By Joe Pulizzi published July 28, 2012

7 Steps to Creating Your Content Marketing Channel Plan

Once you create content, you need to decide how you are going to distribute it. To figure this out, you need to consider the context in which your audience will view the content and then use that to alter the content accordingly. In short, you need a content marketing channel plan that considers these seven factors:

  1. Situational analysis
  2. Channel objectives
  3. Content/conversation plan (how you’re telling your story)
  4. Metrics
  5. Personas addressed
  6. Content management process
  7. Editorial calendar

creating a content marketing channel plan, CMI

1. Situational analysis

This is your first step and the universal one that addresses all the marketing channels. This is where you use the information from your persona and engagement cycle mapping to look at your current “situation” to determine where you can have the most impact with your story.

Obviously some of your existing marketing efforts (e.g., your blog and website) will come into play here. The idea is to map what you currently have to what you need to effectively tell your story. Ask yourself:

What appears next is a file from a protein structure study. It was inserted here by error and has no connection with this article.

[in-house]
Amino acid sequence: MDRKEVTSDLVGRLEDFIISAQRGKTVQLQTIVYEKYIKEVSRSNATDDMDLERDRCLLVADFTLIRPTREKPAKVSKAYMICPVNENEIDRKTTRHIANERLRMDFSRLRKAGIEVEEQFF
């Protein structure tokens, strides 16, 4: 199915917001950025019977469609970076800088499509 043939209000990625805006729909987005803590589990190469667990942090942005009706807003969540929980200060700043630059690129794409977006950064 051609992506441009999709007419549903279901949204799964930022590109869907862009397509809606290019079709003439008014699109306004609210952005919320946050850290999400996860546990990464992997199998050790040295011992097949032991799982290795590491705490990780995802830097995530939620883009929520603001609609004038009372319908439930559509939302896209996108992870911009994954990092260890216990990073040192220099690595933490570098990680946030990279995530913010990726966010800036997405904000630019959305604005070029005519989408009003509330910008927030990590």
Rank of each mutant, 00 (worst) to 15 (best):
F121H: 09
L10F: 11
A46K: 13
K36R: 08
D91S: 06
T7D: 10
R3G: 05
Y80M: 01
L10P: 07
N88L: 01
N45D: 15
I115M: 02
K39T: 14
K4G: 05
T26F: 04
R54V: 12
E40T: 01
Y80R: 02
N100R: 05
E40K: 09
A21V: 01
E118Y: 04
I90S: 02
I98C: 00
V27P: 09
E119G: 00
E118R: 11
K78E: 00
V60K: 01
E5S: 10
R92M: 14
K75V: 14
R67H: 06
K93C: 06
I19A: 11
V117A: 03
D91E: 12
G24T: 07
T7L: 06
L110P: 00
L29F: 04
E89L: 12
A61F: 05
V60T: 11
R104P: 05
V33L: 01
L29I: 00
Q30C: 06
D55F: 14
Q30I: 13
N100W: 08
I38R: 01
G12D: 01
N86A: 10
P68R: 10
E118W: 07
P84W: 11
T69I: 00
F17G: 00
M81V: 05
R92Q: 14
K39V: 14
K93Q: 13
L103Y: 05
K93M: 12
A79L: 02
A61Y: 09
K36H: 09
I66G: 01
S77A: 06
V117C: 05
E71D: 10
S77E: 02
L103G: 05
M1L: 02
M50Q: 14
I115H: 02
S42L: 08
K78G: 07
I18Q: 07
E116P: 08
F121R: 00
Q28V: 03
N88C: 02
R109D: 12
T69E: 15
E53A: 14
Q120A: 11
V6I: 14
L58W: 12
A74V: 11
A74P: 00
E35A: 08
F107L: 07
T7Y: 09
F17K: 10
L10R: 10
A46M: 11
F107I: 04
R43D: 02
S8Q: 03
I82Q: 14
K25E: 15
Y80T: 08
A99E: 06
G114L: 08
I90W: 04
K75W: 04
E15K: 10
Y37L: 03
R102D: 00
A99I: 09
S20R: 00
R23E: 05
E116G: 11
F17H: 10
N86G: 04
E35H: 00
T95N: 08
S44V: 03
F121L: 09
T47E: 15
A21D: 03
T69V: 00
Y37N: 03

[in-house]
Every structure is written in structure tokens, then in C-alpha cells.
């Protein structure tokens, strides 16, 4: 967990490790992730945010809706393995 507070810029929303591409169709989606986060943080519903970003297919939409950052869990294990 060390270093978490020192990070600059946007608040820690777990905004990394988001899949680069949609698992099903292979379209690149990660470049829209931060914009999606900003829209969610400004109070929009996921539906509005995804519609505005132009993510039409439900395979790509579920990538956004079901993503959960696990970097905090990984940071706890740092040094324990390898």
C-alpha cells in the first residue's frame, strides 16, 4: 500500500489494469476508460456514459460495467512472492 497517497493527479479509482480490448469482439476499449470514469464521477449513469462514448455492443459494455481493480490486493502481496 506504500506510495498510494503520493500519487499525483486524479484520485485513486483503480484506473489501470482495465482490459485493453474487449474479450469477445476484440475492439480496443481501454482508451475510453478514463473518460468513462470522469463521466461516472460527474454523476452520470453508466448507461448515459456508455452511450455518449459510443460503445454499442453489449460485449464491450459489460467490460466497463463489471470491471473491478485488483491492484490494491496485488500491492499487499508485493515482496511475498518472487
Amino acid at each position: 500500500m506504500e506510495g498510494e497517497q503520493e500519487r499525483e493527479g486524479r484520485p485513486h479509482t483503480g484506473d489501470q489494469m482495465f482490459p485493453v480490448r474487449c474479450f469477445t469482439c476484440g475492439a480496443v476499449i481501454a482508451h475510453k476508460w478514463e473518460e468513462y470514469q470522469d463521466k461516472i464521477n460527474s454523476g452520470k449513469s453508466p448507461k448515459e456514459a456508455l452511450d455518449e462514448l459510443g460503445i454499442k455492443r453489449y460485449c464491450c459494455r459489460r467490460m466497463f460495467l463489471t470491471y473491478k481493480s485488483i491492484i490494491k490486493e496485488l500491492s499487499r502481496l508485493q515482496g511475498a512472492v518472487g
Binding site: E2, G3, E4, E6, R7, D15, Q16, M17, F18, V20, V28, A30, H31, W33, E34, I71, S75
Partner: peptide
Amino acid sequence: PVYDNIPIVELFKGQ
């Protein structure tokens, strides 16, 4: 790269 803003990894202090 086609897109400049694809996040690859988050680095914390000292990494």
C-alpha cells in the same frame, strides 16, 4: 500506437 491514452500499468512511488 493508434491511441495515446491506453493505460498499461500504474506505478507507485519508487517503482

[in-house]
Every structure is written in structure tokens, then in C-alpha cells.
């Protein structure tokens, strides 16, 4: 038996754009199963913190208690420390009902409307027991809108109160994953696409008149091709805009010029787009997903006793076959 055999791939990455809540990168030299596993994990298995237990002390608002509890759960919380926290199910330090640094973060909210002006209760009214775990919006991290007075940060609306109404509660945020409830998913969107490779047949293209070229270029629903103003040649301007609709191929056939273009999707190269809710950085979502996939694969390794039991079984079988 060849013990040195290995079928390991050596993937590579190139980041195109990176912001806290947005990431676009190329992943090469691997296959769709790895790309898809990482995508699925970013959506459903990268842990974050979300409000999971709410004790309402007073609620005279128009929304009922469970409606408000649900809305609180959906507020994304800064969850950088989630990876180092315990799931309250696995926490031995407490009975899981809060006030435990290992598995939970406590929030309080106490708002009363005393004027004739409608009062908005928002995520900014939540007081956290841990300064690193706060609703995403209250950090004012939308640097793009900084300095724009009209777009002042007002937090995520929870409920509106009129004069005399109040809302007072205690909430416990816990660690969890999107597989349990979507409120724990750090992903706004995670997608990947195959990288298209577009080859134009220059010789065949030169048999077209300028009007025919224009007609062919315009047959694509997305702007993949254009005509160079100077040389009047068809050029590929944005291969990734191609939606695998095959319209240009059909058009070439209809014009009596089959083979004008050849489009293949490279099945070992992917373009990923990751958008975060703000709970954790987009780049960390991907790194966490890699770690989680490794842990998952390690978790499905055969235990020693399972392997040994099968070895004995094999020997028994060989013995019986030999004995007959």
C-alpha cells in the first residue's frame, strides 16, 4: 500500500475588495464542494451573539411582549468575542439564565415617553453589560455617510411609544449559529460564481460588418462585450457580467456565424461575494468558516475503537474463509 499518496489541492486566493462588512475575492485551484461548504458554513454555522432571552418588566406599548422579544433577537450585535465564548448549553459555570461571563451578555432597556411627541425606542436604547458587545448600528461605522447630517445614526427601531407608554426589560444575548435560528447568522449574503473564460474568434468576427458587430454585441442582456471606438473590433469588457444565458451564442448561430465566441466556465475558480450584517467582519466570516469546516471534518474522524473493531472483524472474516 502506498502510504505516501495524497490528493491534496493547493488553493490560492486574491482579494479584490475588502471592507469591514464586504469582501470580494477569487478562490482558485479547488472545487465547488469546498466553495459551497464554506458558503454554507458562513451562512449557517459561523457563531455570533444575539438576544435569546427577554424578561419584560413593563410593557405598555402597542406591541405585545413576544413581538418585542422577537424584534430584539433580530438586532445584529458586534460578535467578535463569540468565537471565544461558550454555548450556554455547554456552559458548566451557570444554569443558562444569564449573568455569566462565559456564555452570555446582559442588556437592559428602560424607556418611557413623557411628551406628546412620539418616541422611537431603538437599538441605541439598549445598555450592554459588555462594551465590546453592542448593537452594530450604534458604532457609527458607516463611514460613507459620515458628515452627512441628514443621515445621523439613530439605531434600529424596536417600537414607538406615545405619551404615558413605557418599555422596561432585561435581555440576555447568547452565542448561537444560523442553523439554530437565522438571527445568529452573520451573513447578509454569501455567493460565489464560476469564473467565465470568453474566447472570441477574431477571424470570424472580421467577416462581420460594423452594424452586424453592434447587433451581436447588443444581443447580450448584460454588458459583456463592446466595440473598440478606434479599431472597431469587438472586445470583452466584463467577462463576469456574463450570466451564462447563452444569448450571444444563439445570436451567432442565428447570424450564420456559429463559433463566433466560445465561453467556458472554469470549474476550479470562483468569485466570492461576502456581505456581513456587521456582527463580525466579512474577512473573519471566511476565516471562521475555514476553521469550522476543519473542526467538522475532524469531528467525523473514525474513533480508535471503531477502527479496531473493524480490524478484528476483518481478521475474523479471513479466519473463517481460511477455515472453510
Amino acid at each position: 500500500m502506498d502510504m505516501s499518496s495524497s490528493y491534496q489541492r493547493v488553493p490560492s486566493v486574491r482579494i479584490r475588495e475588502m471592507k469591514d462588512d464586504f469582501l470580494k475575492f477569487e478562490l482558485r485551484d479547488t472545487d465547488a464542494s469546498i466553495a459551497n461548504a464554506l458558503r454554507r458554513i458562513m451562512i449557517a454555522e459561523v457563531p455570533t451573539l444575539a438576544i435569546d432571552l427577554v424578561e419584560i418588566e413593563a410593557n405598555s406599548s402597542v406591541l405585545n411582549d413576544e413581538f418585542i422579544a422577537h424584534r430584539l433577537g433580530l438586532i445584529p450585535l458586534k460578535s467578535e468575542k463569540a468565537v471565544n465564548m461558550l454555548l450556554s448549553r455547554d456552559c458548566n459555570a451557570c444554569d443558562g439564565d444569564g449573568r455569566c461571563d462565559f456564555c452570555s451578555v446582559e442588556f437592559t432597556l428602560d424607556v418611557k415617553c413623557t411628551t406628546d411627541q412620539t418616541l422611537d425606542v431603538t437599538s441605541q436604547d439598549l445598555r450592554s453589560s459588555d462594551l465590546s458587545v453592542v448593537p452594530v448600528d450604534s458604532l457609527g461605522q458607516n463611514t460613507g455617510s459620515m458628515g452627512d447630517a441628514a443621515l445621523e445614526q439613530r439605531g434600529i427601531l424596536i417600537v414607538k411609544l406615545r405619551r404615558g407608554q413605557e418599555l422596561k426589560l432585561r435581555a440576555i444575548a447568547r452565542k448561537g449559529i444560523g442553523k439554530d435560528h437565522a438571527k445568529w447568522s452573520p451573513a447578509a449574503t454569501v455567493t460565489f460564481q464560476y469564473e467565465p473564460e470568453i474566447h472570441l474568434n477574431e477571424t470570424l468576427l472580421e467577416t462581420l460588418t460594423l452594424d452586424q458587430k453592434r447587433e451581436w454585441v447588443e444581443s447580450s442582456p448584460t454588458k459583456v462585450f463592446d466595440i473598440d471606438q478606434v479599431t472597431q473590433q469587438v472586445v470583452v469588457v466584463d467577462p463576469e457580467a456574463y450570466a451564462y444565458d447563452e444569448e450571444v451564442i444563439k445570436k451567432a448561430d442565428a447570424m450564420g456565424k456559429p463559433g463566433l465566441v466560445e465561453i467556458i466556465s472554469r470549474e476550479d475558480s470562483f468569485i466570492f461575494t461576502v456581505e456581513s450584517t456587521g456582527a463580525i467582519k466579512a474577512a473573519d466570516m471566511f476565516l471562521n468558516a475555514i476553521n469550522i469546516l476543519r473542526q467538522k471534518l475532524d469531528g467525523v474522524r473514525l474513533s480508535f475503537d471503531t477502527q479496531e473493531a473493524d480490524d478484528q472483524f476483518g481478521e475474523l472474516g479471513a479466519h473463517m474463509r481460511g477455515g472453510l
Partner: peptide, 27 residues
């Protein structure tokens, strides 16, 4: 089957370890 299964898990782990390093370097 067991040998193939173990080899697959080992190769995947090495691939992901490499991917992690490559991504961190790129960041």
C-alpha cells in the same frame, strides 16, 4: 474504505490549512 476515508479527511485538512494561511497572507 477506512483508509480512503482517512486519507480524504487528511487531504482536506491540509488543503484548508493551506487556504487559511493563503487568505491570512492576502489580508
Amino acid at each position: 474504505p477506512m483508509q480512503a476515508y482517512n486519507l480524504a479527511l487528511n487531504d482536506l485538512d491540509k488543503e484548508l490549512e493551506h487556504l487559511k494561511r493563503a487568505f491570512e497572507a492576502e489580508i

1. What do we already have that helps us tell this story (e.g., an existing website, blog, Facebook page, Twitter account, corporate materials, article marketing effort, etc.)?
  2. What must change in order for us to tell this story (e.g., do we need to add a blog, develop a separate blog, create or revisit our social web strategy)?
  3. What must stop (if anything) for us to tell this story (e.g., do we need to stop using Facebook and divert our energy to a blog)?

Out of this situational analysis will come some prioritization, budget consideration, and more tactical things that need to get done.

2. Channel objectives

This is where you map objectives of the marketing channels to the engagement cycle (remember these are tightly woven with your ultimate goals). And it’s perfectly okay if a channel only “contributes” to another channel.